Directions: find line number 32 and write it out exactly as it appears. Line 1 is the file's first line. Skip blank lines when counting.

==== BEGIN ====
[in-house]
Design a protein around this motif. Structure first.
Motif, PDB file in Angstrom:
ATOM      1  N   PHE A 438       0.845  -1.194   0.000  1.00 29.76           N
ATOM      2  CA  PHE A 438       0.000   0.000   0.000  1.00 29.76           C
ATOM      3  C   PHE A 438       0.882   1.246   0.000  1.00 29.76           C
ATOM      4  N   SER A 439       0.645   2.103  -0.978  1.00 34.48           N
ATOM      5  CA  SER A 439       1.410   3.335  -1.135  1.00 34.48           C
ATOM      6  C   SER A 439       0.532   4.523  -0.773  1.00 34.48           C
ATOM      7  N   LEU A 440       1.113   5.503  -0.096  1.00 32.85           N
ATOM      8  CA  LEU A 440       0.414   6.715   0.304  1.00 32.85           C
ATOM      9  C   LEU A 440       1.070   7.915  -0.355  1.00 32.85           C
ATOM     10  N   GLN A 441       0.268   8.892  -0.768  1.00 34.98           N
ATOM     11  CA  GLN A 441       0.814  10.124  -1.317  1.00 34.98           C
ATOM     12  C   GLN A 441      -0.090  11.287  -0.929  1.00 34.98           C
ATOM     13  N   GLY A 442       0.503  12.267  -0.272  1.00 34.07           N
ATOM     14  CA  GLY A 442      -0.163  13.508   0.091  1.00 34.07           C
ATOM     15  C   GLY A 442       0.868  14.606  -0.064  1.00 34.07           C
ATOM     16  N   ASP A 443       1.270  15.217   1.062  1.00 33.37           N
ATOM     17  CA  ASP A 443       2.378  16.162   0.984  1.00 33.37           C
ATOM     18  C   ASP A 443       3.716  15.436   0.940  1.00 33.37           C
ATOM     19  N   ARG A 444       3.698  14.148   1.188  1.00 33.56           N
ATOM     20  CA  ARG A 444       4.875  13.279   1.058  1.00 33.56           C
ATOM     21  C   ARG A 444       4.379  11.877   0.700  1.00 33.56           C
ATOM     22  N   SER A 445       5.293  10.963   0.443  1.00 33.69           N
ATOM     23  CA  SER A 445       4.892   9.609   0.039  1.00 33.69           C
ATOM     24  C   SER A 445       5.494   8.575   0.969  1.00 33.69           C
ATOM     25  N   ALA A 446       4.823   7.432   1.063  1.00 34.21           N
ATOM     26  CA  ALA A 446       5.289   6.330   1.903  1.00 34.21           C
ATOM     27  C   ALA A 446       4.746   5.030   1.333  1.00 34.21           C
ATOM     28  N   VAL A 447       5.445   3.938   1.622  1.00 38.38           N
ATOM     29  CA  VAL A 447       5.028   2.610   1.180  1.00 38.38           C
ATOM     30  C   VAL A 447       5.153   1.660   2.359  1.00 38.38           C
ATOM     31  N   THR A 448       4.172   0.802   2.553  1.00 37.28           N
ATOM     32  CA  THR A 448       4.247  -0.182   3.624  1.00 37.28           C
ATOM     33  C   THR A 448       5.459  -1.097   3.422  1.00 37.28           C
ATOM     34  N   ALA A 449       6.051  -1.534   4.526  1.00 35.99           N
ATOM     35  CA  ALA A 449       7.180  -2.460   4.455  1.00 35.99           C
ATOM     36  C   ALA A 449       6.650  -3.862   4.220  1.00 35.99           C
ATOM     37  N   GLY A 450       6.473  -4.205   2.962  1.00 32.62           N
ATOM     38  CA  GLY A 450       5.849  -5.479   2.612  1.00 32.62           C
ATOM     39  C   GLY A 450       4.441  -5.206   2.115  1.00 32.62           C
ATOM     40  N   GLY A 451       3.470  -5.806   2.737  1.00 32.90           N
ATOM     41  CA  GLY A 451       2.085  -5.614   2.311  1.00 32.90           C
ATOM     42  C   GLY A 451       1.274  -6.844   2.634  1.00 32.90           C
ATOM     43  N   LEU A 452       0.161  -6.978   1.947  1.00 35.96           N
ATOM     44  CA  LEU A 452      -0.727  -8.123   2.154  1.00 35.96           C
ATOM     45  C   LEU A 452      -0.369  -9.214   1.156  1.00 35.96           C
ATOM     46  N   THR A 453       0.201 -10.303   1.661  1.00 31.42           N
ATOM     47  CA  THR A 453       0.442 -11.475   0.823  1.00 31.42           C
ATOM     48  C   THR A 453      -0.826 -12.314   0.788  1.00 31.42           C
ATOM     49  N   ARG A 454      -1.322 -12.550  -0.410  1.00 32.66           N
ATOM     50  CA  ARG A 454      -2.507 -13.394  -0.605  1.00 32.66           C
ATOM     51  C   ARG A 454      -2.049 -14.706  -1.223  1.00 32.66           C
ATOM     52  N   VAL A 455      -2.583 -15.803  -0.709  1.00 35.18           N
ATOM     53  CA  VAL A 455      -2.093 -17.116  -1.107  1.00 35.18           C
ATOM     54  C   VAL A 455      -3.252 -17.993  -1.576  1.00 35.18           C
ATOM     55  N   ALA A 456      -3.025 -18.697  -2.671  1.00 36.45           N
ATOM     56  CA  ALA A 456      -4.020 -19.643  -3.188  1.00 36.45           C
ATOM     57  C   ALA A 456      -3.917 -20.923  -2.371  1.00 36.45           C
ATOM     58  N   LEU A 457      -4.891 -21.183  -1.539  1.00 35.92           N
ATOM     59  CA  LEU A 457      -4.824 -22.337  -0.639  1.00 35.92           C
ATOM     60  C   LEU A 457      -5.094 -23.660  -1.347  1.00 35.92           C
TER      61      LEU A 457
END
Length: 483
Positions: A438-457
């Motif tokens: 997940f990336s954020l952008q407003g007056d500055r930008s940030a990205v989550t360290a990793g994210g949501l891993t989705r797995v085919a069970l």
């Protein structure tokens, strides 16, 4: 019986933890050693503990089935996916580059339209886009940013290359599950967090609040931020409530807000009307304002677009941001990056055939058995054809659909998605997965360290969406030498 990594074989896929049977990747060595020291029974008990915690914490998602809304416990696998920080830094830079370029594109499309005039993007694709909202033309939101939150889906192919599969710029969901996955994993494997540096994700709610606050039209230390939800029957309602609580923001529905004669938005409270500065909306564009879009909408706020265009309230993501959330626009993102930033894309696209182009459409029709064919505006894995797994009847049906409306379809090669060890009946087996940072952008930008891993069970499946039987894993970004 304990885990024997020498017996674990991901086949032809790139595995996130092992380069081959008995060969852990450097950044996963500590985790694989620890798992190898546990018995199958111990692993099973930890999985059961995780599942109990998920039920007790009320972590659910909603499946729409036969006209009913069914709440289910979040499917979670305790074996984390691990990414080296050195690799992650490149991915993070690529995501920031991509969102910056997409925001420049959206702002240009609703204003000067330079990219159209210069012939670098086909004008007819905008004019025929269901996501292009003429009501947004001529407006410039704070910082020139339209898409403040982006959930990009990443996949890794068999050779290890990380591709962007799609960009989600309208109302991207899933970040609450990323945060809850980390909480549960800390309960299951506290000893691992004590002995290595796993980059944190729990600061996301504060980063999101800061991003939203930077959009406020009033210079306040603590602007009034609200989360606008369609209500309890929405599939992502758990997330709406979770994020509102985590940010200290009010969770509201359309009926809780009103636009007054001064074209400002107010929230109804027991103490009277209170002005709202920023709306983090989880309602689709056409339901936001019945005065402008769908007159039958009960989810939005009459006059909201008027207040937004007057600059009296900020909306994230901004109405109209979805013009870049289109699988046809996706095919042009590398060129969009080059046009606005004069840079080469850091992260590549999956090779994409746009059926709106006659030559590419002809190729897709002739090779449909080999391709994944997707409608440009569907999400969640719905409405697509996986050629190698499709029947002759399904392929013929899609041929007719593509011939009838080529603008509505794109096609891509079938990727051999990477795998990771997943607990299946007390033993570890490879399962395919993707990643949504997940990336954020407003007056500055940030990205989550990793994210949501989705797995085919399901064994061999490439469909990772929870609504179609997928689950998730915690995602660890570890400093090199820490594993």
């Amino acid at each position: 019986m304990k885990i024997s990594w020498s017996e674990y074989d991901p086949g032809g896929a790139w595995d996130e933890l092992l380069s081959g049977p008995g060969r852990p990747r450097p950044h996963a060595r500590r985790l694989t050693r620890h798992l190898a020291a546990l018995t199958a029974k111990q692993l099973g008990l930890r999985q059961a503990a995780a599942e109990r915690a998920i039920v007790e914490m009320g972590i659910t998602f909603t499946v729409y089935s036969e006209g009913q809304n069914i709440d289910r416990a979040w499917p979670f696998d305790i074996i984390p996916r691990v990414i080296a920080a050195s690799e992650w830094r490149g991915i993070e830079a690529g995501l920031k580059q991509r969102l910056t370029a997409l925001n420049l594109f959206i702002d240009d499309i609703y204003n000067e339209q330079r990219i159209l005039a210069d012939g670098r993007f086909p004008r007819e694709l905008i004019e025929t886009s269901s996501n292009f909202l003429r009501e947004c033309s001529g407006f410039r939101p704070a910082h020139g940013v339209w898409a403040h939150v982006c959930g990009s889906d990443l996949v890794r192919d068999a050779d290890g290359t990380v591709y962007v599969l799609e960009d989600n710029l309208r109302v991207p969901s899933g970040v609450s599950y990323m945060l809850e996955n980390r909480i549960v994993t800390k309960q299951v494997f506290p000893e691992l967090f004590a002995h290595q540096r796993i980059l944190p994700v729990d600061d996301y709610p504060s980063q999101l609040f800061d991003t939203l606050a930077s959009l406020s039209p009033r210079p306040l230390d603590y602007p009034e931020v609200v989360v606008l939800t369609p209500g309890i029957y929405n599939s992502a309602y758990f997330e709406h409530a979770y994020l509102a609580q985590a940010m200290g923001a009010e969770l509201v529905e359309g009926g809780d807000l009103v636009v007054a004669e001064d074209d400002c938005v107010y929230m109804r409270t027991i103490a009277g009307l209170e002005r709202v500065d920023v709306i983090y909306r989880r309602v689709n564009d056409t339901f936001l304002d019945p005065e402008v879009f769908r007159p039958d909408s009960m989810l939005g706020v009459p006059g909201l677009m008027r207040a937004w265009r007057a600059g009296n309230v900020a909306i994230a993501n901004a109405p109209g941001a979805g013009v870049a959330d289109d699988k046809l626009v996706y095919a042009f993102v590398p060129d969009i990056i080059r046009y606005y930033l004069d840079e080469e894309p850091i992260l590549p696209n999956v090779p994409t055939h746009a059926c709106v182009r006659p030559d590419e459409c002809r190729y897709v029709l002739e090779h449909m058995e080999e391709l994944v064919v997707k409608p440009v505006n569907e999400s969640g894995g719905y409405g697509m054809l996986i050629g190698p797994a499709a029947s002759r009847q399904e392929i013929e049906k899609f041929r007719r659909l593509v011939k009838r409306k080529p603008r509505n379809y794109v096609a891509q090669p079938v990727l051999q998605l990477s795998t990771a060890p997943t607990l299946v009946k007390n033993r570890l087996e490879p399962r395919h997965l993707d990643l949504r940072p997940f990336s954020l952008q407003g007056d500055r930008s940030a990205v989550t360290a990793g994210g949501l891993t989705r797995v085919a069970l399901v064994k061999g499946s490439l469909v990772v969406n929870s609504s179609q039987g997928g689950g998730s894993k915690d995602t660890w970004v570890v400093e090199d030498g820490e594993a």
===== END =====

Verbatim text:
ATOM     29  CA  VAL A 447       5.028   2.610   1.180  1.00 38.38           C